What Does GMP Mean? And How Is This Different From EU-GMP?
The cannabis industry is on the road to legitimacy, no matter the bumps, globally. No matter what, and no matter what happens next, that is a good thing. Issues like supply chain transparency, privacy, consumer and patient safety, and of course energy and water use have long been in the room just about everywhere.
Cleantech Is Cannatech
The modern cannabis industry was birthed and given significant shape in deserts (Israel, California, Nevada). In California, as of 2014, producers were warned, yet again, that they could not avail themselves of federally overseen aquifers of groundwater. The legitimizing industry trucked in what it needed.
On the medical discussion, in Europe, in particular, such issues are now in the room. All medical cannabis must be grown indoors. No exceptions.
That means low energy, high efficiency production is on the rise, not the wane.
What Does GMP Mean?
The overall regulations and operating procedures that surround this discussion are known as “Good Manufacturing Practices,” or GMPs for short. But like all the best acronyms, what the standards are, who sets them, and where they are equivalent is still a shifting picture.
Further, GMPs, and even more particularly EU-GMPs, are specifically referred to this way to distinguish the medically bound product from other consumer protection regulations that include novel food.
That said, “GMP practices” differ widely from industry to industry. The idea behind them, however is to prevent harm from occurring to the user, including that the end product is free from contamination, and the packaging as well as manufacture has been well documented. Additional requirements include that personnel are properly trained.
And while the practice, at the pointed end of enforcement can get nerdy, detail-oriented and specific, that is precisely the point. That is also why you might catch another variant of this acronym (cGMP – or current GMP guidelines), to denote a world that is changing fast.
Contamination of the supply chain if not the carbon impact of the same, for all food and plant-based pharmaceutical products is a 21st century problem that is exploding on the scene as fast as the planet warms and cannabis legalizes.
What Do GMP Guidelines Include?
These are guidelines, not steps. As a result, from a bird’s eye view, all international and sovereign national GMP standards include a few basic principles no matter how much they may differ in the weeds. Namely:
- That manufacturing processes are clean, controlled and processes are verifiable and repeatable. Changes to any and all must also be clearly documented.
- Record keeping, accurate accounting (of product and on the financial side) must be kept, including complete batch history through manufacture and distribution to the end user. Audits are a way of life.
- Recall procedures must be in effect.
- All complaints about products must be examined.
The World Health Organization (WHO) version of GMP is what’s used by pharmaceutical regulators worldwide. The European Union’s EU-GMP standards are seen as roughly equivalent, as are those now practiced in the U.S. by the FDA. That does not mean that confusion does not reign as standards are changing (across Europe, for example, between individual countries, there is still disagreement). However similar GMPs are used in countries including Australia, Canada, Japan, and Singapore. The UK, of course, is slightly different than anyone else but still has regulations that are roughly equivalent and referred to as “The Orange Guide” (in honor of the color of the book’s cover).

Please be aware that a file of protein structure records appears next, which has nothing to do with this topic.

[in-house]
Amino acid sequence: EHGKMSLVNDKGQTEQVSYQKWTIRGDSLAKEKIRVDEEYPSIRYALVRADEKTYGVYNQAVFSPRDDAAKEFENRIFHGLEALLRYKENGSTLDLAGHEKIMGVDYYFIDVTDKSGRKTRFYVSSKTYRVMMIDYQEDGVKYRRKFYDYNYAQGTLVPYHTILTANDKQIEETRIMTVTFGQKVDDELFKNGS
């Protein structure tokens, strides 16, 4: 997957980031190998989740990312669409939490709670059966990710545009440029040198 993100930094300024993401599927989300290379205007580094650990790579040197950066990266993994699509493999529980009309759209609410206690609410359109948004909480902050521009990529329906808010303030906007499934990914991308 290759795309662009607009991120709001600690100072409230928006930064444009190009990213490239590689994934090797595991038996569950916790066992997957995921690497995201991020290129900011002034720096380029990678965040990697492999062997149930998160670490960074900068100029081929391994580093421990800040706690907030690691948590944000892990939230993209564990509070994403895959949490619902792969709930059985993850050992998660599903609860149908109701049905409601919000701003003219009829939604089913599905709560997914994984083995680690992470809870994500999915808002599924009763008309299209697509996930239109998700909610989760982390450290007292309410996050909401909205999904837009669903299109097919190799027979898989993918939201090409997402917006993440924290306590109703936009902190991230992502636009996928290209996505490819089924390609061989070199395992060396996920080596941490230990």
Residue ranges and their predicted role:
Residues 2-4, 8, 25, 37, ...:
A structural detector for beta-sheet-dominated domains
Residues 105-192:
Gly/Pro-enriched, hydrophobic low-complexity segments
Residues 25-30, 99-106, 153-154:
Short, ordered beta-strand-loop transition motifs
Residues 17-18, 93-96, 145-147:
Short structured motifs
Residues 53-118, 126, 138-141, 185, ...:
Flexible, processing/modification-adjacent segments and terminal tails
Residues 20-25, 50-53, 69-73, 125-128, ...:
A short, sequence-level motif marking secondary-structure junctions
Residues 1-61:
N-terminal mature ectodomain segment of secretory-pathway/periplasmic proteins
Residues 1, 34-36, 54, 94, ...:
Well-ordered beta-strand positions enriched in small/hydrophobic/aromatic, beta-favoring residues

You Know It When You See It
Well, not quite. Beyond GMP, there are of course, other classifications for the kind of plant or product being made, manufactured and distributed. And here, along with international treaties about who can trade with whom, also impact this discussion.
It is not correct, however, for example, to claim that what are known as GACP guidelines (good agricultural and collection practices) are equivalent to GMP. Bio, or pesticide free production (in other words) is just one of many steps in meeting much higher standards now in the room for medically bound cannabis.
What Is GMP “Like”?
All industries have “best practices.” For example, the building industry has all sorts of codes and guidelines. However, in addition to this, about a decade ago, LEED (or green building) certification began to be implemented widely. In the U.S., in particular, there was much discussion about how honest such certifications actually were. The term “greenwashing” was frequently used to describe practices that were sold as energy efficient, but in the end cost more, environmentally and otherwise, than they should.
Like LEED, GMP is not a prescribed set of steps but rather best practice guidelines and regulations meant to guide industries on producing safe products – from seed to sale.
How Does This Differ From WHO Guidelines on GACP for Medicinal Plants?
The World Health Organization’s GACP guidelines are highly controversial in this context, especially when it comes to cannabis. Especially because they refer specifically to plants used as medicine that are “grown in the wild.” I.e. not greenhouse. How these guidelines are interpreted by different countries, however, within the context of the interpretation of “medical cannabis” not to mention pharmaceutical GMPs, are very different.
GACP guidelines, in other words, are sometimes the first step in qualification – but certification under the same (starting with outdoor grown crops produced without pesticides for example) is not likely to pass European medical standards any time soon.
The post What Does GMP Mean? And How Is This Different From EU-GMP? appeared first on Cannabis Industry Journal.
Source: Cannabis Industry Journal